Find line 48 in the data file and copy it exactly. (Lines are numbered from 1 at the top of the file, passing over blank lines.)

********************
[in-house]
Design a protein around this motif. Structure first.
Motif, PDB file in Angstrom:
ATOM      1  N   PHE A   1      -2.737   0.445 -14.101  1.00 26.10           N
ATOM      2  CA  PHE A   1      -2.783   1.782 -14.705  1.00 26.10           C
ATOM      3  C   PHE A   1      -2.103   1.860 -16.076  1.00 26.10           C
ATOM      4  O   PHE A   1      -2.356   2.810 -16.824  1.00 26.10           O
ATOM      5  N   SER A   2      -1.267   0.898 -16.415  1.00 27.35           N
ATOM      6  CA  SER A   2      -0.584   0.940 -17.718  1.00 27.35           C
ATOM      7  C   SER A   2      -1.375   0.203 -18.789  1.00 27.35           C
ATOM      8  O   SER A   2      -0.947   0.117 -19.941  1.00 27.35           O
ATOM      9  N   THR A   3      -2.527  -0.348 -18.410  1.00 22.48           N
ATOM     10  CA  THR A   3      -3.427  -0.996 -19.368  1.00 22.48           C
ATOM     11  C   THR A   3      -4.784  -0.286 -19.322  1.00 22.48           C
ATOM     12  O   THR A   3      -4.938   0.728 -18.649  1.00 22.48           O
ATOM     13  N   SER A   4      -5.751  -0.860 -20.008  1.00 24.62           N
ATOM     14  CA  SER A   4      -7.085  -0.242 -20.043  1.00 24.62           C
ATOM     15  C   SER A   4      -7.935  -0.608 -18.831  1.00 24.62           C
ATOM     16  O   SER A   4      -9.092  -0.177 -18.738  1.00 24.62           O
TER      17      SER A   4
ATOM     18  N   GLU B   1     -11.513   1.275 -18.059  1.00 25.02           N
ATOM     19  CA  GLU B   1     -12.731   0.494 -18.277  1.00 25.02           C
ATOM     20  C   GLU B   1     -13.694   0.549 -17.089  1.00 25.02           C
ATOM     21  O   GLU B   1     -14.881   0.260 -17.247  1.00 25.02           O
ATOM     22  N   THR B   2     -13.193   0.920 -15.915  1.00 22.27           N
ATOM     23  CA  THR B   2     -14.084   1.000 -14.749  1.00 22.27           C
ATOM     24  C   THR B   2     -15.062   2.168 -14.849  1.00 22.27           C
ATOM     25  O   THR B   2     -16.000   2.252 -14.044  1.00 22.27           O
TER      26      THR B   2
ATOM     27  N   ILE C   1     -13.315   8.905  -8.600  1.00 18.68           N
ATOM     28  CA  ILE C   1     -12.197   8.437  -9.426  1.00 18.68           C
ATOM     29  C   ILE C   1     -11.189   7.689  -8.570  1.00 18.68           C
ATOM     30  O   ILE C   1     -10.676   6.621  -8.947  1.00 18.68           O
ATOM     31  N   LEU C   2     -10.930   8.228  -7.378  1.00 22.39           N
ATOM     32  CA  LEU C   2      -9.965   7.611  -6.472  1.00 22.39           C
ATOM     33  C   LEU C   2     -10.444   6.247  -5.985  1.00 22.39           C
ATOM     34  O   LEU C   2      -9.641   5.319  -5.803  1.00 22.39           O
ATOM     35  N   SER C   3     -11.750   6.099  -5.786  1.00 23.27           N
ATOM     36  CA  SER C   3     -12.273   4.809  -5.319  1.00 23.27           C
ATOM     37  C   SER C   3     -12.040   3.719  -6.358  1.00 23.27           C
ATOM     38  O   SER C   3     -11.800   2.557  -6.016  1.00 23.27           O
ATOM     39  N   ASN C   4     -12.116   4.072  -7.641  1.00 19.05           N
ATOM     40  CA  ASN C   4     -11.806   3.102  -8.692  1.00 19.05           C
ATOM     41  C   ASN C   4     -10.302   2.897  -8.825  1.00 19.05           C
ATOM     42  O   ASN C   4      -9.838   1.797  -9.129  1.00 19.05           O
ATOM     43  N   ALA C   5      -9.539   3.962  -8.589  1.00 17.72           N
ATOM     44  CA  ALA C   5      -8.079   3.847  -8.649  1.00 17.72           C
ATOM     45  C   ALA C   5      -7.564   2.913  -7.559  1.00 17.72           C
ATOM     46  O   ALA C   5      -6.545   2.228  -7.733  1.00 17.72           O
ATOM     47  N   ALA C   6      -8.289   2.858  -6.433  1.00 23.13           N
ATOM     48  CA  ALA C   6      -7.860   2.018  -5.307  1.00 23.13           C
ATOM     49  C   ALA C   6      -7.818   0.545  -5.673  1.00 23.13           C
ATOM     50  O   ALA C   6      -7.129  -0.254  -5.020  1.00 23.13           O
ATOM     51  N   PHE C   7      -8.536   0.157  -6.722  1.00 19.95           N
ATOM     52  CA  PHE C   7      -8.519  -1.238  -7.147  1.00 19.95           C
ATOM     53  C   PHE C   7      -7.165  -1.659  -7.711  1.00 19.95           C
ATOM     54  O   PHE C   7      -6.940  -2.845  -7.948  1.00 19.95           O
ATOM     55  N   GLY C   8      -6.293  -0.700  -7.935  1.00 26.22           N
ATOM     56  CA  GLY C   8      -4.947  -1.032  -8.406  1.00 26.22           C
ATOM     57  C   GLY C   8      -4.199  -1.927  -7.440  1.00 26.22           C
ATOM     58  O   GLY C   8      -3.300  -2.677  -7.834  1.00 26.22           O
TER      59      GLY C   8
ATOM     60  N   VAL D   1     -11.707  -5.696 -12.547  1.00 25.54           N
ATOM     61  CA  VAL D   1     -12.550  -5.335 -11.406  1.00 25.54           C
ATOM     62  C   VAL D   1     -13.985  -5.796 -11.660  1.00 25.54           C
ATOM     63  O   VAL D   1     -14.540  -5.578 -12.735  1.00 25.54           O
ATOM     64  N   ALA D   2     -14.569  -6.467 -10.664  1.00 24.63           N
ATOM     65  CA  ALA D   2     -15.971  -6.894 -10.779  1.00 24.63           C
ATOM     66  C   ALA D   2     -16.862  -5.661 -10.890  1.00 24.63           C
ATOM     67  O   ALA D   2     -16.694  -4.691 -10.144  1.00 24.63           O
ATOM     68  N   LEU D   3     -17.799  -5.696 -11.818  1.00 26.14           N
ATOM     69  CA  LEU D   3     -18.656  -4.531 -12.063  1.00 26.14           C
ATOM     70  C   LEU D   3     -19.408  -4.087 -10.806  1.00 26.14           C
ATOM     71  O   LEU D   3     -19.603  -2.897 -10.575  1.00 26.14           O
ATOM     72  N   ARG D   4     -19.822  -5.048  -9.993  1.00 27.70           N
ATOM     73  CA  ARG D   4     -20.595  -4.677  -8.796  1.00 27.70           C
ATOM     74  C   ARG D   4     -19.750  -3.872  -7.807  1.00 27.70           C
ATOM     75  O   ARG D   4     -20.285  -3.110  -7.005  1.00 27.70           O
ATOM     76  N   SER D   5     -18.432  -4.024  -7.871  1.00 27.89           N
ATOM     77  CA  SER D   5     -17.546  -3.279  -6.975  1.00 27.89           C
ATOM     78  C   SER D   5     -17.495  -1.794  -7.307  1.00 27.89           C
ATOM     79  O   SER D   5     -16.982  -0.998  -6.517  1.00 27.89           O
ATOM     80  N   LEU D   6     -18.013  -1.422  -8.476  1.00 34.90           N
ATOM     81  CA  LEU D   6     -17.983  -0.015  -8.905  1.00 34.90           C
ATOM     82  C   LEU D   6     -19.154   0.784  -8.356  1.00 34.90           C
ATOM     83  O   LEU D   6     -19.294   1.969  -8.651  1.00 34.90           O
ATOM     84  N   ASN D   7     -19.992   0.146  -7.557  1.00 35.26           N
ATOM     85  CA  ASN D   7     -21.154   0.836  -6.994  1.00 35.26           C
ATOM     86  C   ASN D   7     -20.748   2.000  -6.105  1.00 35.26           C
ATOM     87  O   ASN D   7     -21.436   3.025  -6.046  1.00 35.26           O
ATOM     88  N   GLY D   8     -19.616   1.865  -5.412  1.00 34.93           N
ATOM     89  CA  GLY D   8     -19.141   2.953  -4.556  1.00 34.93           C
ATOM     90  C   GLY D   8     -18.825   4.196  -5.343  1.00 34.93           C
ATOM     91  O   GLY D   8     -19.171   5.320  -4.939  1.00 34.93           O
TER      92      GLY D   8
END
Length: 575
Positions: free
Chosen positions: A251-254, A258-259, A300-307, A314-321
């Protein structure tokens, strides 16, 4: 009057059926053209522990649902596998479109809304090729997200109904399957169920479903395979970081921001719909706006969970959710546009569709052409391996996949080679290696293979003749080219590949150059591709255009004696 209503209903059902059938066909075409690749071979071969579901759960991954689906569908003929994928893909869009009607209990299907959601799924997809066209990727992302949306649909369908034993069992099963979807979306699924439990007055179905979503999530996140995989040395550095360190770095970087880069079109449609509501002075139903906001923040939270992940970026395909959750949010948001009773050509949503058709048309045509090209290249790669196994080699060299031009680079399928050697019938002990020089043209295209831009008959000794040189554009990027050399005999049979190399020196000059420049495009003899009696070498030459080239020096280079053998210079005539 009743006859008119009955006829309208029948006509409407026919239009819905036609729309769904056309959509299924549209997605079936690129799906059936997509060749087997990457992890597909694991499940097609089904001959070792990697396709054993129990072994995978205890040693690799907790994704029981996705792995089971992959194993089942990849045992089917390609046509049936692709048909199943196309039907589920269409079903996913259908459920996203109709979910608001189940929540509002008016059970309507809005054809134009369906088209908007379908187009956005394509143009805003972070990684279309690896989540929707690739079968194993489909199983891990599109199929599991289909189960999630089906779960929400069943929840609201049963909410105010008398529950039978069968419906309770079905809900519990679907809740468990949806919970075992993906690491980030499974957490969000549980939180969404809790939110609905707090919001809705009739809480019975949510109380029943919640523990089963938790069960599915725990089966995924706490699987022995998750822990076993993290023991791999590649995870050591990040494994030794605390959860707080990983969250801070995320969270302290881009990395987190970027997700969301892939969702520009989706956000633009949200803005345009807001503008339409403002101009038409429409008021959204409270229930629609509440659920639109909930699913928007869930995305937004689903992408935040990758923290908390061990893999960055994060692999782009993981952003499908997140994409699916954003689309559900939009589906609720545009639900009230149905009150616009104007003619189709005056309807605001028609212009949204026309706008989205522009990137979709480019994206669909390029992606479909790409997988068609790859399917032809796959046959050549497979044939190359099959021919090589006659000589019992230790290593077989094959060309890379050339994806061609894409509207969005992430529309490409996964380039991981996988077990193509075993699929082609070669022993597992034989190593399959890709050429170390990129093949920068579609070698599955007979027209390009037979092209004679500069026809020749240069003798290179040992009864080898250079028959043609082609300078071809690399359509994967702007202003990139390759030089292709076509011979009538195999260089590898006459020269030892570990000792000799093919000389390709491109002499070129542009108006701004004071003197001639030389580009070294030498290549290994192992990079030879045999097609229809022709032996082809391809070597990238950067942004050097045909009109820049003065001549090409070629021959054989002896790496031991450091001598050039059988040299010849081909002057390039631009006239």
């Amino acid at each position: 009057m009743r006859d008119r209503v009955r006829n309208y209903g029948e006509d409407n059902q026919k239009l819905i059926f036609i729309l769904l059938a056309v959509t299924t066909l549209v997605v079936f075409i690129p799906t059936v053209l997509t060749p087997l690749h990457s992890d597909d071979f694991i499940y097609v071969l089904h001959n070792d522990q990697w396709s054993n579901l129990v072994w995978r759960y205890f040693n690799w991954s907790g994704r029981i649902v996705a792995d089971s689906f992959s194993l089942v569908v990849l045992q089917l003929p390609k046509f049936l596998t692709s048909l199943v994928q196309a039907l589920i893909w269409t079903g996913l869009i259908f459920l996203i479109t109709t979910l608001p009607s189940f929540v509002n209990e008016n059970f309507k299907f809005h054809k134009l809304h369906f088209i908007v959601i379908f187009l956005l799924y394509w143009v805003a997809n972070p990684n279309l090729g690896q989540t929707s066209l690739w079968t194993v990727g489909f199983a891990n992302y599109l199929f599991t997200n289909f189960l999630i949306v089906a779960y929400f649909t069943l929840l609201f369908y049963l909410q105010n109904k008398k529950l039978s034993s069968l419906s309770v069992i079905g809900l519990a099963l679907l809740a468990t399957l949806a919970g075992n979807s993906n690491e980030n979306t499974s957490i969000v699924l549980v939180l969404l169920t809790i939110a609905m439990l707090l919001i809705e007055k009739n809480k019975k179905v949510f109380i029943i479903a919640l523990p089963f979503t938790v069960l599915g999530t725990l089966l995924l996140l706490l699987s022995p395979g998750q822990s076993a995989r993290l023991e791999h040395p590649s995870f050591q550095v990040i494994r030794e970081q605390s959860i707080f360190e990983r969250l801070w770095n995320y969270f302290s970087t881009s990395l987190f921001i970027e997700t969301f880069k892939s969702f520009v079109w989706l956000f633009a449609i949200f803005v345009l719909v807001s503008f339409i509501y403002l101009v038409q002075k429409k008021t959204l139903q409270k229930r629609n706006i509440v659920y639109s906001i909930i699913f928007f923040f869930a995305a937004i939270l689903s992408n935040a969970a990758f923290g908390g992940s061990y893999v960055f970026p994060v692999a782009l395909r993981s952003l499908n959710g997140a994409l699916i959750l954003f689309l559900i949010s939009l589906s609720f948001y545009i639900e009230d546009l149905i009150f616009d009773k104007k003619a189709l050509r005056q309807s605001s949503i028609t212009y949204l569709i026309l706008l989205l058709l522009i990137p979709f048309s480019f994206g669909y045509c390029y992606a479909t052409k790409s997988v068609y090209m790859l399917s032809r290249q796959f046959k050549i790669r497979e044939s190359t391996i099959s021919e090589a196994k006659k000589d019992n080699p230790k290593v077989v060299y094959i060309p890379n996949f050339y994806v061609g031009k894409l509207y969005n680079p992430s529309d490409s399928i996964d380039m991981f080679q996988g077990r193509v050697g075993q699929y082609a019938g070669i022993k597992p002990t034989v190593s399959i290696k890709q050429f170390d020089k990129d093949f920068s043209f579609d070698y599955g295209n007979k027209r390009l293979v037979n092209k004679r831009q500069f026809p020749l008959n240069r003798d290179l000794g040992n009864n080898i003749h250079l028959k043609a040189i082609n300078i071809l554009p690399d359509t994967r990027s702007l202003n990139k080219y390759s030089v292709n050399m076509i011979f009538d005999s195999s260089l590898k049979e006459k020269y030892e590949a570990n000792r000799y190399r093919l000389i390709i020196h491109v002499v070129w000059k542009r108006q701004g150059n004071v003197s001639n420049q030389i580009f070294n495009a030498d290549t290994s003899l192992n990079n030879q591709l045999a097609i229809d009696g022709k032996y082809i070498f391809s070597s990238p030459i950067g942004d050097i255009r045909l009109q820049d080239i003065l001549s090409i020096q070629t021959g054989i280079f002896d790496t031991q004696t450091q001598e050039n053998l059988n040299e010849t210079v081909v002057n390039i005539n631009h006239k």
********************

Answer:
ATOM     45  C   ALA C   5      -7.564   2.913  -7.559  1.00 17.72           C